Posted 8 a.m. Wednesday, Aug. 25, 2021
Alums remain close, competitive after 25 years
As college ended, Patrick Heise didn’t want his friends from Hutchinson Hall 2A to drift apart.
“I was never good at staying in touch, and I didn’t want to lose these seven friends of mine,” explains Heise, ’98, now the assistant director of Residence Life at UWL. “So I had this late-night scheming session, and I came up with an idea.”
Heise’s friends found a letter under their door, inviting them to join a fantasy football league — a somewhat novel idea since fantasy football was not yet a billion-dollar industry.
Now, 25 years later, the league and the friendships it was built upon have stood the test of time, even as the group has started families and spread out across the country.
“I wasn’t sure if it would last this long. I’ve seen a lot of other groups try to do something like this and then fizzle out,” explains Heise, who was league commissioner for the first two decades “I’m proud of everyone for being so committed to this, even if it means jumping on an airplane so we can all get together. I did not see that coming.”
Fantasy football leagues can be run remotely. You can draft players, make trades and track scores using your phone or computer.
But an online experience would have defeated Heise’s original purpose.
So, each year at the end of July, the group comes together for a nostalgia-filled weekend when they draft their teams, go on hikes or other adventures, and catch up on everything they missed over the past 12 months.
And since group members live all over the country, they’ve held draft weekends from coast to coast and most places in between, including Lambeau Field.
“It’s amazing that, with how busy everyone is with work and families, we still manage to get together annually,” says Troy Richter, ’89, league treasurer and the director of Parking Services at UWL. Richter is the elder statesman of the group, having served as the Hutchinson Hall director in the late ‘90s. “Patrick’s intent was to create this sort of artificial way for us to stay connected, and I’d say that dream has come true.”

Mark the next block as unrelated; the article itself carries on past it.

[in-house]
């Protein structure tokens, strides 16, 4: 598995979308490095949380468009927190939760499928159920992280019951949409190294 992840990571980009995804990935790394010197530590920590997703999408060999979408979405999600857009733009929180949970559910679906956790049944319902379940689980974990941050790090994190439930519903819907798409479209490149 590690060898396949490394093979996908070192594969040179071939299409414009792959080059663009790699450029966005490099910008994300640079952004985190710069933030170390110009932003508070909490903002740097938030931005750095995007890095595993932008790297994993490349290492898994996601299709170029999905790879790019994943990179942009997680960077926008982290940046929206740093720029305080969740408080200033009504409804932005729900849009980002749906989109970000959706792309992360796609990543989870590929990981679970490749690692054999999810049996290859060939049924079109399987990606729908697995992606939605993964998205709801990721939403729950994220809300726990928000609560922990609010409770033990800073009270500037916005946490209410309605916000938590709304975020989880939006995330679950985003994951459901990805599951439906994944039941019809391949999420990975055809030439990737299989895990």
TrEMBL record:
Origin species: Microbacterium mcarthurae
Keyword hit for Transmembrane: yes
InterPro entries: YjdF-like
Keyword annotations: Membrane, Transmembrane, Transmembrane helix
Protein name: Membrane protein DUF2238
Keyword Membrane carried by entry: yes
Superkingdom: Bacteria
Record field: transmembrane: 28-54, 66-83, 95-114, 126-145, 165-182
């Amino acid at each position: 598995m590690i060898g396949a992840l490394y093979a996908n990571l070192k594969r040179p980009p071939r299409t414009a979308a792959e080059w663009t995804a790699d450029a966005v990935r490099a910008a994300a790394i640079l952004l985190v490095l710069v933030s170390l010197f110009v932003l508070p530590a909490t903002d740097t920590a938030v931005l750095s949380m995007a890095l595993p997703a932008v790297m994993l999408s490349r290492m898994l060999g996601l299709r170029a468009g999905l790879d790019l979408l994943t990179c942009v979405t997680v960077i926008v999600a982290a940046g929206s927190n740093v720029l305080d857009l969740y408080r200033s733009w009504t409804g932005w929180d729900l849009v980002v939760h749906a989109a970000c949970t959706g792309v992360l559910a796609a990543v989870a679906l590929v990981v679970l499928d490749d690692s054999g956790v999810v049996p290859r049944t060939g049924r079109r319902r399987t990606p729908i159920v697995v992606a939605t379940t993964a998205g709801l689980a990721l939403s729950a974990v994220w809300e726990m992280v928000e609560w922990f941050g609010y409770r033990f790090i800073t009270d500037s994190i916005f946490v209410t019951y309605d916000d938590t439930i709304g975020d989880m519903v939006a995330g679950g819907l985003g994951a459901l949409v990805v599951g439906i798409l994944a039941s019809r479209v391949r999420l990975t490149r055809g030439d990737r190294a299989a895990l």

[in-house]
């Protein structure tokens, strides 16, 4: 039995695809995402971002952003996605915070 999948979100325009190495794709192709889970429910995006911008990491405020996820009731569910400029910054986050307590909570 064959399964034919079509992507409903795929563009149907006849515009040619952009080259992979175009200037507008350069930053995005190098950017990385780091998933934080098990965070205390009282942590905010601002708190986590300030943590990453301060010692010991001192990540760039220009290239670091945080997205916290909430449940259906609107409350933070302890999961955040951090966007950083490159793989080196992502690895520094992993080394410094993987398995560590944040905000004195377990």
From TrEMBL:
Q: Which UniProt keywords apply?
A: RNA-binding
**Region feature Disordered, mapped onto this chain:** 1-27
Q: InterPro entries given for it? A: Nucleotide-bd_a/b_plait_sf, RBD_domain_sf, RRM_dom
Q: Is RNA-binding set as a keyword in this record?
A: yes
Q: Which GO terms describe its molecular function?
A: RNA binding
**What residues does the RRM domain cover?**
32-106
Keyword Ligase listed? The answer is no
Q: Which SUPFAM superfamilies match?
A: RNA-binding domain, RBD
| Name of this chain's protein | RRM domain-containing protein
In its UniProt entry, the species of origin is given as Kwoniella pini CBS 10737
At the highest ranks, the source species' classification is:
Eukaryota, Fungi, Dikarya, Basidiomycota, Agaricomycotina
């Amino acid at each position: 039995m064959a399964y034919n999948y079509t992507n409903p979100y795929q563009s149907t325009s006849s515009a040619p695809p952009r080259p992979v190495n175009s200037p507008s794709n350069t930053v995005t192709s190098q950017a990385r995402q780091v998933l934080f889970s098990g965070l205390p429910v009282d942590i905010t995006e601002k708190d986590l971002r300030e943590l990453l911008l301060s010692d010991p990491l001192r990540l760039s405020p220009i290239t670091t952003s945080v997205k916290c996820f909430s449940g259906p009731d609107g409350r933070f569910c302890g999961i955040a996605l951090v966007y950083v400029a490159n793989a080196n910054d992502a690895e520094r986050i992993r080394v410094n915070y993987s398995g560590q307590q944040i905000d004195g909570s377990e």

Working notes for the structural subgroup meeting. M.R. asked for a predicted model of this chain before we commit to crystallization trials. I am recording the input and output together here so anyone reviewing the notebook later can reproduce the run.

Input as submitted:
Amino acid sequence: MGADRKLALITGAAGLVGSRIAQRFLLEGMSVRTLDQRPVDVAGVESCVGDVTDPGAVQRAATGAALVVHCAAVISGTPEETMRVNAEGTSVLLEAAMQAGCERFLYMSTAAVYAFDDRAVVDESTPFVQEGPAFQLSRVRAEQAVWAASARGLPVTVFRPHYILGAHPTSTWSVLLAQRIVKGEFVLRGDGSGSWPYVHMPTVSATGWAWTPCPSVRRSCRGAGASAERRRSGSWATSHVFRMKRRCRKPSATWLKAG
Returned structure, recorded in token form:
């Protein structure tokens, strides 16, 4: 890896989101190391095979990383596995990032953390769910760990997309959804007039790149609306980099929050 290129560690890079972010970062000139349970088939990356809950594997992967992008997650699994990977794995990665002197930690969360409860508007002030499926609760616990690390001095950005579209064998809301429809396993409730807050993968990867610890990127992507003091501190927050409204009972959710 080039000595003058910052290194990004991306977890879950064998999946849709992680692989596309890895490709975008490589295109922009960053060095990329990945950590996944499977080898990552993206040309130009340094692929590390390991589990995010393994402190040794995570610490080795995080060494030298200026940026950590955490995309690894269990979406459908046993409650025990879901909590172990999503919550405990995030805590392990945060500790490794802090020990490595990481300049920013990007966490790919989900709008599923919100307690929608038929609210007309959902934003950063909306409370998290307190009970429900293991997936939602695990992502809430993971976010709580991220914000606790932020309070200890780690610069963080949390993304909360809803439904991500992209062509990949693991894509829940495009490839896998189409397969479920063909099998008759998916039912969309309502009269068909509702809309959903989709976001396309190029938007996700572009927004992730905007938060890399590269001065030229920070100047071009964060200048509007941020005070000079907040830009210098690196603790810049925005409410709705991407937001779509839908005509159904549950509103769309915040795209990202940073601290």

Make no mistake: All eight — Heise, ’98; Richter, ’89; David Fehring, ’00; Eric Jackelen, ’00; Wes Moran, ’96; Michael O’Brien, ’00; Jason Patzer, ’94-’00 attendee; and Matt Pevan, ’00 — want nothing more than to dominate their friends.
Trophies and bragging rights are major motivators, but so is the punishment for a poor performance.
The person who scores the fewest points during the last week of the season is crowned the “Mediocrity Bowl Champion,” and must wear a bright blue shirt, now filled with holes, declaring: “I’m mediocre.”
Lately, a new tradition has emerged: not washing the shirt from one year to the next.
“I can’t say I support that,” Heise jokes.
The name of the league — AKEYPO — is a phonetic adaptation of the Spanish word “equipo,” which means “team.”
It’s a reference that dates to their college days. Whenever the residents of Hutchinson Hall 2A made plans to go out, and one of them was debating whether to go, saying the word “team” was the trump card.
“If you said the word ‘team,’ the guy would have to go with you,” Heise notes. “We’d get that herd mentality.”
That sense of commitment and camaraderie has only grown with time, and with the obstacles and opportunities that have come along in life.
“We’ve shared our tragedies as a group — major illnesses with loved ones, the death of parents and a child, a divorce, relocations across the country,” Richter says. “But we’ve shared our joys, too — starting new jobs or a new relationship, watching our kids grow up.”
Adds Heise: “As years have gone by, it’s become less and less about football and more and more about the camaraderie and the brotherhood we share.”
While much has changed since their time at UWL, much has remained the same.
Within a few minutes of getting together, Richter says, they’ll inevitably revert to their college days, as if they hadn’t spent the past year apart.
Recently, they’ve joked about the possibility of their children creating their own fantasy league: AKEYPO 2.0.
“Do I envision this going on for another 25 years?” Richter says. “Absolutely.”